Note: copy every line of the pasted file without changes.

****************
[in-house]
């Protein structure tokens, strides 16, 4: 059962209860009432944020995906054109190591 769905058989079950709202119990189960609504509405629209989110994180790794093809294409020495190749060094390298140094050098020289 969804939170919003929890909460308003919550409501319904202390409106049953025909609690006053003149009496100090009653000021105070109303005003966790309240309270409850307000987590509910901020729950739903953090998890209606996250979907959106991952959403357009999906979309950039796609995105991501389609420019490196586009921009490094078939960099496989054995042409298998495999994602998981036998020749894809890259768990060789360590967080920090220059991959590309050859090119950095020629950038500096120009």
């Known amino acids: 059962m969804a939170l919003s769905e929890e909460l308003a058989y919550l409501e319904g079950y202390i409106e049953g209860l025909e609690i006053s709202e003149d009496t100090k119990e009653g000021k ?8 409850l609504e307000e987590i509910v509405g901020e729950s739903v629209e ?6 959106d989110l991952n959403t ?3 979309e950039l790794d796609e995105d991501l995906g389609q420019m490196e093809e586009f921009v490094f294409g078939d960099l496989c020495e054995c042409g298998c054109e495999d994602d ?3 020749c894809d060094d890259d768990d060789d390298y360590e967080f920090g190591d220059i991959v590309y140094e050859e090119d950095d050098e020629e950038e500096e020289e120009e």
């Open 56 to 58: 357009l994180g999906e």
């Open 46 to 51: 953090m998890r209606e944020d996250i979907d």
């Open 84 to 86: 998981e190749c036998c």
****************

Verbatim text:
[in-house]
């Protein structure tokens, strides 16, 4: 059962209860009432944020995906054109190591 769905058989079950709202119990189960609504509405629209989110994180790794093809294409020495190749060094390298140094050098020289 969804939170919003929890909460308003919550409501319904202390409106049953025909609690006053003149009496100090009653000021105070109303005003966790309240309270409850307000987590509910901020729950739903953090998890209606996250979907959106991952959403357009999906979309950039796609995105991501389609420019490196586009921009490094078939960099496989054995042409298998495999994602998981036998020749894809890259768990060789360590967080920090220059991959590309050859090119950095020629950038500096120009």
């Known amino acids: 059962m969804a939170l919003s769905e929890e909460l308003a058989y919550l409501e319904g079950y202390i409106e049953g209860l025909e609690i006053s709202e003149d009496t100090k119990e009653g000021k ?8 409850l609504e307000e987590i509910v509405g901020e729950s739903v629209e ?6 959106d989110l991952n959403t ?3 979309e950039l790794d796609e995105d991501l995906g389609q420019m490196e093809e586009f921009v490094f294409g078939d960099l496989c020495e054995c042409g298998c054109e495999d994602d ?3 020749c894809d060094d890259d768990d060789d390298y360590e967080f920090g190591d220059i991959v590309y140094e050859e090119d950095d050098e020629e950038e500096e020289e120009e």
């Open 56 to 58: 357009l994180g999906e």
């Open 46 to 51: 953090m998890r209606e944020d996250i979907d």
């Open 84 to 86: 998981e190749c036998c």